September 2, 1998 | Albion.com, San Francisco | Issue #002
Why Microsoft Must Be Stopped
Why is Microsoft evil? Like the evil corporations featured in many of horror and sci-fi flicks, Microsoft was founded with a mission of world dominance. Not only did Bill Gates and crew set an ambitious goal, but they've spent the last twenty-three years proving they'll do anything to fullfill that mission. Anything.
Of course, any number of companies have set extremely aggressive goals. The difference? With an immense will to power, the builders of Microsoft are on the verge of success via their strangleholds on the personal computing and Internet markets, on the flow of data through all the key sectors of every human economy, from finance to the arts, from Excel to the Front Page.
I would suggest that you go to the Redmond, Washington headquarters of Microsoft, to the grand plaza where the Microsoft megalomaniacal mission is literally written in stone, beneath a shrunken depiction of the earth: "A computer on every desktop and in every home running Microsoft software." But you'll probably get picked up by Microsoft security in a Microsoft minute.
I might suggest that you speak with one of the dozens of former Microsoft competitors that were destroyed by the company's wantonly destructive business practices. But not a one will take your call they're all under non-disclosure, the insidious state of silence that is routine for anyone who has encountered the Evil Empire. The situation on the ground is so bad that even Janet Reno has complained about Microsoft's gag orders.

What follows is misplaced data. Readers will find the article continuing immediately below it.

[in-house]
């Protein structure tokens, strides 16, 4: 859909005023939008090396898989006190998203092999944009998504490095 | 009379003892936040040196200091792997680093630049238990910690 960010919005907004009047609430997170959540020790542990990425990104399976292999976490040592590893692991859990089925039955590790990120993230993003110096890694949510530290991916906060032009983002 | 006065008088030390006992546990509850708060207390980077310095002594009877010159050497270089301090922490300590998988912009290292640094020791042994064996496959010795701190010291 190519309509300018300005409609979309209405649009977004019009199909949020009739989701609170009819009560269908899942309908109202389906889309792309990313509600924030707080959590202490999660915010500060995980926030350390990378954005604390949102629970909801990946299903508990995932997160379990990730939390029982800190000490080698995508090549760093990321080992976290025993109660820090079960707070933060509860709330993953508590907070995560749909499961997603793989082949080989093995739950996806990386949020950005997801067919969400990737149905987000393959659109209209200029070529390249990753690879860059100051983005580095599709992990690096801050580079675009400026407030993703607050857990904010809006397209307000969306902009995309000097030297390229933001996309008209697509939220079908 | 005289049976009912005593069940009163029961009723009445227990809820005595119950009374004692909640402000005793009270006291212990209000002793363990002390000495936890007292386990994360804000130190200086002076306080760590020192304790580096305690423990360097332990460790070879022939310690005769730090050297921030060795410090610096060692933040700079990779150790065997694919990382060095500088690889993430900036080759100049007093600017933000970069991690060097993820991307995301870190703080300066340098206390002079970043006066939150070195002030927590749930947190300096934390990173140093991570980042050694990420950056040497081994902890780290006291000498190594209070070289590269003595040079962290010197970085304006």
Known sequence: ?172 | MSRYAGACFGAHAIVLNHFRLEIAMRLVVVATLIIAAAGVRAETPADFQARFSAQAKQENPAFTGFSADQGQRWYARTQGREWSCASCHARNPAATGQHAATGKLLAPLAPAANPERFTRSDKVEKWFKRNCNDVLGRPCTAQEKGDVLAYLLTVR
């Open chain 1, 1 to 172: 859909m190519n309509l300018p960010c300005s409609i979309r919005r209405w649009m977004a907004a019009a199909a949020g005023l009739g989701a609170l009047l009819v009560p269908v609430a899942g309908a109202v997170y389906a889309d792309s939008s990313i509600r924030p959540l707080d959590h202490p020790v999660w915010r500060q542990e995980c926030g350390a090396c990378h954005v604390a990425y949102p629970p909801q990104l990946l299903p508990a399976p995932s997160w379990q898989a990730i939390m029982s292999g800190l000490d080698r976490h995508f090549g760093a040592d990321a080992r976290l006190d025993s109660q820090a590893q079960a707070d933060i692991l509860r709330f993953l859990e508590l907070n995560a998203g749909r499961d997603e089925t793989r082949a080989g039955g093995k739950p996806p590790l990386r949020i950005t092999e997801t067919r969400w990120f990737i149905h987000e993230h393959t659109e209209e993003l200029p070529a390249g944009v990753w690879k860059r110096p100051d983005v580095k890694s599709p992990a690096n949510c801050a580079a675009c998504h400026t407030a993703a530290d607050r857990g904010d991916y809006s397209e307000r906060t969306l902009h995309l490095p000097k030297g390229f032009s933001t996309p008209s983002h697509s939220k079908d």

Or I might suggest that you follow the US Department of Justice's suit against Microsoft. Here's a case where Microsoft's power might be thwarted. Hah. Perhaps you've clued into the likelihood that Microsoft will get off scot-free or at worse with a minor slap to the hand. This is America after all. The legal system works on a singular principle, what I call the "OJ factor" it's not about right or wrong, or even race: if you have enough money, you can beat the system. As Bill Clinton pointed out in Yale Law School seminar 25 years ago: corporate America has too much power and money ever to be tamed, even by the democratic institutions the young man from Arkansas believed in (New York Times, Sept. 16, 1998, p. A25).
Microsoft is the embodiment of power without honor, greed without purpose, dominance without respect. It has earned all the scorn it receives, and more.
-- Seth Ross